SCG curator Tom Parker poses for photographs in front of the members stand in Sydney. Tom Parker is only the eighth in an illustrious list dating back to 1867. They are practitioners of the art of cricket pitch curation.
SCG curator Tom Parker poses for photographs in front of the members stand in Sydney. Tom Parker is only the eighth in an illustrious list dating back to 1867. They are practitioners of the art of cricket pitch curation. AAP Image/Tracey Nearmy

No rest for SCG curator after history-making baseball series

BASEBALL:  SCG curator Tom Parker knew nothing about baseball 18 months ago.

It's fair to say that has now changed.

Parker was one of the main masterminds behind the hallowed cricket ground's incredible transformation into a temporary ballpark.

That transformation had US players and officials raving, following the success of the recent Major League Opening Series featuring the LA Dodgers and the Arizona Diamondbacks.

Parker admitted shifting 250 tonnes worth of clay and cutting up more than 3500 square metres of grass for four days of baseball was a mind-boggling task.

Parker and his ground crew worked tirelessly installing a dirt warning track, a pitching mound and batters' area.

"I knew nothing about baseball, but it ended being a fantastic event and it was great to be involved in something like that," he told APN.

"It was quite a turnaround. We had play at the ground go right up until February 26 before our work started.

"My team worked exceptionally well, and we were very well assisted by (MLB project manager) Murray Cook - who the MLB sent out to give us the assistance we needed."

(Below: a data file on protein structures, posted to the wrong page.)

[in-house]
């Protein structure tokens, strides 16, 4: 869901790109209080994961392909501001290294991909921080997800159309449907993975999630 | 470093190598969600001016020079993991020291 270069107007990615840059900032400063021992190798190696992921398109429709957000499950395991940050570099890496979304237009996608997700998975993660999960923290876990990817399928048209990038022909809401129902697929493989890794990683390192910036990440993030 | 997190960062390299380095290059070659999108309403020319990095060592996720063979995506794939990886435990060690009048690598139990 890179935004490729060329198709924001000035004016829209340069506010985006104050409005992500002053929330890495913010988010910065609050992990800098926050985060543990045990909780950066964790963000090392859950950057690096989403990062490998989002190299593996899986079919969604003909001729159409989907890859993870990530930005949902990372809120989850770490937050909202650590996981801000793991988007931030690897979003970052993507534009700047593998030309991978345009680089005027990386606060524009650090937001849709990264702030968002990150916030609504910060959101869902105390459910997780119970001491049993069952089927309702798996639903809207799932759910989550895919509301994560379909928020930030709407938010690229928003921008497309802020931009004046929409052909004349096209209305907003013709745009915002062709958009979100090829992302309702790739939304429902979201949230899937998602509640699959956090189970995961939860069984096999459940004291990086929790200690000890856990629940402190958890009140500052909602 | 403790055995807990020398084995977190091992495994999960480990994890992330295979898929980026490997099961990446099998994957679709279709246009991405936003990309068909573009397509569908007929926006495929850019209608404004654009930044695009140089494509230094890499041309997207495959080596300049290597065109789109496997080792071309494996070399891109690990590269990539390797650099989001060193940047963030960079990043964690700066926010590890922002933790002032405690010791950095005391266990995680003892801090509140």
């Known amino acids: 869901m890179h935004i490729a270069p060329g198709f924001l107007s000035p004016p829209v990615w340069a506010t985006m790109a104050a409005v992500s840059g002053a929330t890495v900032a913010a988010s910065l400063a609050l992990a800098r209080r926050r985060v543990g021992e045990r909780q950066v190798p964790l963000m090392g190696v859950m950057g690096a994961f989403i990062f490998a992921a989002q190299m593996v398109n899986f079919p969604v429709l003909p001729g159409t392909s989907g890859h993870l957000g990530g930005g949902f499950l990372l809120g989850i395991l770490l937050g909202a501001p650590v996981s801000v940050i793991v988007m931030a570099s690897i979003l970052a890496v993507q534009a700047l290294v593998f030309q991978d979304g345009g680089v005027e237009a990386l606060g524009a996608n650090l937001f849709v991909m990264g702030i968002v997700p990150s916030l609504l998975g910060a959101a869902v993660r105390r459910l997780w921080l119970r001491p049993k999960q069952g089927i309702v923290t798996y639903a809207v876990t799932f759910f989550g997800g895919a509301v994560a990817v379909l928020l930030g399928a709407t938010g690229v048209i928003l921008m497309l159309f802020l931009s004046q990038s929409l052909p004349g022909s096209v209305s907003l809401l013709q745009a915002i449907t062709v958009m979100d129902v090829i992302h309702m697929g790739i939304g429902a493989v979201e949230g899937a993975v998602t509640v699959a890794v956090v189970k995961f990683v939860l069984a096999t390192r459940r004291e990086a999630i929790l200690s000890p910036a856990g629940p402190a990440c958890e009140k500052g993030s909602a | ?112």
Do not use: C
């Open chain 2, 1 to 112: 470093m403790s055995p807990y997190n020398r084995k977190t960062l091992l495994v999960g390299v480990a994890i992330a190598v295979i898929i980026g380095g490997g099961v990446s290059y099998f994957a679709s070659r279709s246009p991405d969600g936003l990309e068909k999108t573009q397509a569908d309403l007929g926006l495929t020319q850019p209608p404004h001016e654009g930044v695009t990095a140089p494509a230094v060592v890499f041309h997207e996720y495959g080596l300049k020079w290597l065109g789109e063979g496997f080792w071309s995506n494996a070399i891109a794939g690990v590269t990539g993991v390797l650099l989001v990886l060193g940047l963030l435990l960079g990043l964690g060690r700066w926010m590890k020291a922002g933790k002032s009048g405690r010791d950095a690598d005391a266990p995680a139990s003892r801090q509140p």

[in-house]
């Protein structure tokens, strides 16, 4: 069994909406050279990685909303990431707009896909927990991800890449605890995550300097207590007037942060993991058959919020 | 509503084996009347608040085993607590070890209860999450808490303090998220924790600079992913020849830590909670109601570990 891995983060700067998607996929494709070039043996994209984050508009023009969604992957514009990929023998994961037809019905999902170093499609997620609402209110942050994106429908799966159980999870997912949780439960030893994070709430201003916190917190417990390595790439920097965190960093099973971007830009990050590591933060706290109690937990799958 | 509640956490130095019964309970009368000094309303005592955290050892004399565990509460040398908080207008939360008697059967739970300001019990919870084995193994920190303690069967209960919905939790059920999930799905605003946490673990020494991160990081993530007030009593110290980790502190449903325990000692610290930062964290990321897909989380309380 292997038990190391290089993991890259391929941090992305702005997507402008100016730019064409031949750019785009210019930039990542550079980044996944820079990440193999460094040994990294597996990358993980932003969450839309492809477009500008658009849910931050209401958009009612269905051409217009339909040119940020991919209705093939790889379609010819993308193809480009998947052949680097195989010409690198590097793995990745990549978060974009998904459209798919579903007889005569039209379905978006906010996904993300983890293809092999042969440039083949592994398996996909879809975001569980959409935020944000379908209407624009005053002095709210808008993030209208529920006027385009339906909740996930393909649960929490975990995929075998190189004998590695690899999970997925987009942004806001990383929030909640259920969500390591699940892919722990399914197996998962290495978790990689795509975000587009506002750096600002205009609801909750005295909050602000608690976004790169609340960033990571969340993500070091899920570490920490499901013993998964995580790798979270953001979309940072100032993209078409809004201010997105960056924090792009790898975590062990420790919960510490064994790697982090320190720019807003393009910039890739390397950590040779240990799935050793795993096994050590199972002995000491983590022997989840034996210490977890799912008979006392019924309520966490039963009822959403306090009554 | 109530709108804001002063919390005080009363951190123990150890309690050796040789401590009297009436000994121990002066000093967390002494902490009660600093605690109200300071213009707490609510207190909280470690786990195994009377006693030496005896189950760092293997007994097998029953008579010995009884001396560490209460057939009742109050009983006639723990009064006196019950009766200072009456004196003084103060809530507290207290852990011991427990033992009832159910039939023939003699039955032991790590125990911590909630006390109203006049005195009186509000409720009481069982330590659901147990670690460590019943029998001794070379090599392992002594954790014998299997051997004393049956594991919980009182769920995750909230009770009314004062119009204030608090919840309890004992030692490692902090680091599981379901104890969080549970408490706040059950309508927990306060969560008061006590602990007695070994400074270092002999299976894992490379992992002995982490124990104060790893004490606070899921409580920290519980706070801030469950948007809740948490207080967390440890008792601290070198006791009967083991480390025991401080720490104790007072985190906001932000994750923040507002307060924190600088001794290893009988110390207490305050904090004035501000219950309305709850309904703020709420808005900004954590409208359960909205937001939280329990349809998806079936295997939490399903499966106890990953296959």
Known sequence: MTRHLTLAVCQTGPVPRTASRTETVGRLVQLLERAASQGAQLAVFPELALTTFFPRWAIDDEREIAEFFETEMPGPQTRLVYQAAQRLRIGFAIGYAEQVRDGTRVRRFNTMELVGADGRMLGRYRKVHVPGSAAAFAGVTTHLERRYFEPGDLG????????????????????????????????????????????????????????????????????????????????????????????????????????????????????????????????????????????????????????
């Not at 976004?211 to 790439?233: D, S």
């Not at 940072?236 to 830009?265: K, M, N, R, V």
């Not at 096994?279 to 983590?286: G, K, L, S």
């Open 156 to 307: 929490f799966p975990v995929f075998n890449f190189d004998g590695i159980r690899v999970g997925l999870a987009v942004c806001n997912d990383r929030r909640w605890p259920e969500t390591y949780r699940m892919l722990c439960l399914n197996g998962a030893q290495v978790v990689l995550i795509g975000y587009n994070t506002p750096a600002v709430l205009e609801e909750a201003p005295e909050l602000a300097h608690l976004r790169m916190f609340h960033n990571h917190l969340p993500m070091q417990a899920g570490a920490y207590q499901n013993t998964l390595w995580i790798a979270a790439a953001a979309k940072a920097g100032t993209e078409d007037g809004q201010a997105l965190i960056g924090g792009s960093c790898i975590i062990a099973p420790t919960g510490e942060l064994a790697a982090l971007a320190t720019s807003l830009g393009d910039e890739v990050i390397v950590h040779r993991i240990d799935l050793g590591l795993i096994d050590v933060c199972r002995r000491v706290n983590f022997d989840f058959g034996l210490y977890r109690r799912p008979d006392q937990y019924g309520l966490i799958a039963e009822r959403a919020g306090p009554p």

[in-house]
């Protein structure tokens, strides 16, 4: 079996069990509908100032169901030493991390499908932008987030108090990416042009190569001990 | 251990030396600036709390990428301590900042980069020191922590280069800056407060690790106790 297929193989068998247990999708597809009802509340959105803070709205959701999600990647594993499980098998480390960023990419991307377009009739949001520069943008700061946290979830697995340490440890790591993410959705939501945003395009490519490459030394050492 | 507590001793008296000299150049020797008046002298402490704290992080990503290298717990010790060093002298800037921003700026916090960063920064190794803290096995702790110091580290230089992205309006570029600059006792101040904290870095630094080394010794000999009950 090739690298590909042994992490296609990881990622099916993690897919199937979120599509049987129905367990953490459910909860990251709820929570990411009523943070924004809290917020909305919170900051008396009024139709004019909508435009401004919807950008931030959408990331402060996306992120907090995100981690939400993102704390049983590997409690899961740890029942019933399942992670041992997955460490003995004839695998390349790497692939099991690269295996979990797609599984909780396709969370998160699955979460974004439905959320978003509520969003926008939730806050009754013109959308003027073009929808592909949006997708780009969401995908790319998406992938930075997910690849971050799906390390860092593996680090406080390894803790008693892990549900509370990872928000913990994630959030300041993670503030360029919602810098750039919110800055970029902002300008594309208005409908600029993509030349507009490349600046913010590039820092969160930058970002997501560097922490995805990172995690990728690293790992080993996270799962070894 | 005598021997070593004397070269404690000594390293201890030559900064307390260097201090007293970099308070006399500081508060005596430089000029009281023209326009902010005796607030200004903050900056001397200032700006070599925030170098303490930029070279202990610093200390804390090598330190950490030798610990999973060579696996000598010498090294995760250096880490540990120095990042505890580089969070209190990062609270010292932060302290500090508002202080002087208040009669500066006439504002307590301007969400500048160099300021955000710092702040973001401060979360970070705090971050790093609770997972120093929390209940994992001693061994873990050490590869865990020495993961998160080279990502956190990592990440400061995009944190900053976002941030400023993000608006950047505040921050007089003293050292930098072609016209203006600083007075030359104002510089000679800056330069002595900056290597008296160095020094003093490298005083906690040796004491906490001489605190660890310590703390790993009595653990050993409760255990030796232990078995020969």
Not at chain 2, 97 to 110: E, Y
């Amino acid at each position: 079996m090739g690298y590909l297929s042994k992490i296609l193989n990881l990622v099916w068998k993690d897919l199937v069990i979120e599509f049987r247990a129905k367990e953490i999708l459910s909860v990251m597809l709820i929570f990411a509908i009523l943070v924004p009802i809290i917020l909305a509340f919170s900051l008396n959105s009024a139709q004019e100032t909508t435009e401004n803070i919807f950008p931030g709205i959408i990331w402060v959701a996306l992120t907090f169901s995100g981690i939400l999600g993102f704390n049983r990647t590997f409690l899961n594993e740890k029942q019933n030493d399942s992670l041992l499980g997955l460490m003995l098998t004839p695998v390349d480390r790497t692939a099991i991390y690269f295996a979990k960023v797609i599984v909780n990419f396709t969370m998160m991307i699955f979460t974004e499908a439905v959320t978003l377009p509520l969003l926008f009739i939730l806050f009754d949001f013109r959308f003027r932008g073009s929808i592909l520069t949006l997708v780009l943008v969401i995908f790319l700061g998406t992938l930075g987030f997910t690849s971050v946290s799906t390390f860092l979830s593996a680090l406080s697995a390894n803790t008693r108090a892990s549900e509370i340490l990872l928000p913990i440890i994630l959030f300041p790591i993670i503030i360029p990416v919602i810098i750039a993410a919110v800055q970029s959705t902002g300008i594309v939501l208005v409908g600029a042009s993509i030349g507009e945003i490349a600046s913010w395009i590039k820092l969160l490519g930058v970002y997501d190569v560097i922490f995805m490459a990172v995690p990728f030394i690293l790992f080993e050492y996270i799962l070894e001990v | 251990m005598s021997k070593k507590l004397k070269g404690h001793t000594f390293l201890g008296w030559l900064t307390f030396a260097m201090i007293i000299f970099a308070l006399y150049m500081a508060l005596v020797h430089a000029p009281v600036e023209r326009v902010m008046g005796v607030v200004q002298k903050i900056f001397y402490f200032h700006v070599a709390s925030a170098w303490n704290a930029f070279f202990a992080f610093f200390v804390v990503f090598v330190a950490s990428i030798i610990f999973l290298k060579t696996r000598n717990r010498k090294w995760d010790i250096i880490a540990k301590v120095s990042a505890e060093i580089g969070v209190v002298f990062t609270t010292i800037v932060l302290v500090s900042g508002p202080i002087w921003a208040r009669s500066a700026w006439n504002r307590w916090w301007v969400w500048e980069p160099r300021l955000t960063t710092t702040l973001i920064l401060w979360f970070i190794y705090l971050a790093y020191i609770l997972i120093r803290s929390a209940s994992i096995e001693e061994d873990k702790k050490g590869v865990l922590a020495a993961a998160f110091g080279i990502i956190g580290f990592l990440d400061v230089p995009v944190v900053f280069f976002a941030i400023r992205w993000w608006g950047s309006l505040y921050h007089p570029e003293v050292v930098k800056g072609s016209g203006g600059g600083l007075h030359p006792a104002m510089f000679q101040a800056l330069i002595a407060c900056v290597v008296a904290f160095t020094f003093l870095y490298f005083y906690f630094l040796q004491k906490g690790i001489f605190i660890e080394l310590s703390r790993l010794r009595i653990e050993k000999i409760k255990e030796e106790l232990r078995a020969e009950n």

In order to offset the fast outfield at the ground, Parker grew the evergreen grass from 10mm to 22mm on a farm in the outskirts of Sydney.

"The SCG is one of the fastest outfields in Australia, so we worked hard on that," he said.

"You do have sleepless nights because in this job you need to be perfect.

"But I have a terrific crew that works tirelessly - they were nurturing the grass day and night.

"And the ground ended up receiving praise all around the world - not one person I spoke to was critical of the way we prepared it.

"The experience was something I'll never forget."

Parker will continue working around the clock in order to get the ground right for next Saturday's NRL match featuring the Rabbitohs and the Dragons.

"We have to just keep giving the ground the right protection," he said.

"We've had some setbacks - on one of the days we had 33mm of rain, so at 2pm I told the staff to pack up and go home.

"But for the baseball we were lucky the gods looked after us and the rain just held off.

"You always hope the gods look after you."


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